That leads to January 4, 2011, when according to the public fillings, the Cambridge cops and Secret Service got brought in and–almost immediately–SS takes over the case and MIT hands over data flow materials to SS without demanding a warrant. HuffPo explained that process this way:

According to the source close to the investigation, when MIT employees found the laptop, they contacted MIT police, who called Cambridge police, where the call was then routed to a detective assigned to the New England Electronic Crimes Task Force. That detective contacted another member of the task force, Michael Pickett, a special agent with the U.S. Secret Service, who helped lead the investigation.

In addition, MIT allows SS to get Carnegie Mellon’s CERT to collect the signals from Swartz’ laptop in a dropbox; when Swartz’ lawyers first asked for CERT’s notes on that data flow, the government refused to turn it over, saying that since they would not call any CERT experts to testify they didn’t have to.

I’m wondering several things. First, what were the new tools MIT used to analyze their networks in December 2010? Where did they come from? When did they get them? Was the JSTOR download the reason they did?

And also, what kind of legal analysis did MIT go through before they just let the government into their networks?

Finally, what obligations was MIT under to file Suspicious Activity Reports to the government regarding the JSTOR downloads and when did those obligations kick in? Did MIT comply with those obligations? Did the government know MIT’s network was compromised as early as September, or not until Cambridge brought in SS in January?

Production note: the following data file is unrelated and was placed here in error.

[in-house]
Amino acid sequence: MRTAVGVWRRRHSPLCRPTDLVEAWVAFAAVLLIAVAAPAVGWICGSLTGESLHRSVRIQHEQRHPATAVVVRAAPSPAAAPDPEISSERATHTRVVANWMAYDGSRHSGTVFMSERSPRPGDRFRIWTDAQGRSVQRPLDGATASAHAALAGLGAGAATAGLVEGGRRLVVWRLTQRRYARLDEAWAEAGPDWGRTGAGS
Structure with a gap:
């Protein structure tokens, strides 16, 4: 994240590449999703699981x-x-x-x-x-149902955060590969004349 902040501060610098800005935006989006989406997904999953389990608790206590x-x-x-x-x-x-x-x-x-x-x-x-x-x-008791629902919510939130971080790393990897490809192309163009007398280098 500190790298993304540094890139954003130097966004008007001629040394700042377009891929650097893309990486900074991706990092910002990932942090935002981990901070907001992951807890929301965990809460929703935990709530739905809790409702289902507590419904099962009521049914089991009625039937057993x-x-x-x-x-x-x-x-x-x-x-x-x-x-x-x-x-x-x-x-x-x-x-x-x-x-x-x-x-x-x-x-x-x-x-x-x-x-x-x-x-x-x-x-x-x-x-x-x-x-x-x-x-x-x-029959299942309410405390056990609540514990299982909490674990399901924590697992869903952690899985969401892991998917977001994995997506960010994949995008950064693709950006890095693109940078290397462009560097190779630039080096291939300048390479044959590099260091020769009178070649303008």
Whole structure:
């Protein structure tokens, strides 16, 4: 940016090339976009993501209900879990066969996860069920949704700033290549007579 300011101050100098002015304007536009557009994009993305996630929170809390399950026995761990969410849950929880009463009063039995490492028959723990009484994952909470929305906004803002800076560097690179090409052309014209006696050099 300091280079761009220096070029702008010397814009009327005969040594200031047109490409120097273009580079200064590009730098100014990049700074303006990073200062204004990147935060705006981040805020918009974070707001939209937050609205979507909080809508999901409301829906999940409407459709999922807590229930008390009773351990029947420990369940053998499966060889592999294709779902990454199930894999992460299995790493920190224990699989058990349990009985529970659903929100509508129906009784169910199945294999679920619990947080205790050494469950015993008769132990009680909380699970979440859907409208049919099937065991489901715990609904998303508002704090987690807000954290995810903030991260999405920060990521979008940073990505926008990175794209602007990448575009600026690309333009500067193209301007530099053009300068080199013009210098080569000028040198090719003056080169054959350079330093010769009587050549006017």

To be clear: I’m not suggesting anything nefarious about this–though I am mindful of this, from the scope of the investigation MIT President Rafael Reif has ordered: “I have asked that this analysis describe the options MIT had and the decisions MIT made, in order to understand and to learn from the actions MIT took.” That is, Reif now wants to know which of the decisions MIT pursued they had legal choices to avoid.

The government’s consolidated response to Swartz’ suppression motion claims that “neither local nor federal law enforcement officers were investigating Swartz’s downloading action before January 4, 2011, when MIT first found the laptop.” Note, they refer just to Swartz’ downloading action, not Swartz (though that may just be legal particularity), so it is possible though unlikely that federal law enforcement officers were investigating other activities of Swartz before then (we know the FBI had investigated his PACER downloads the previous year).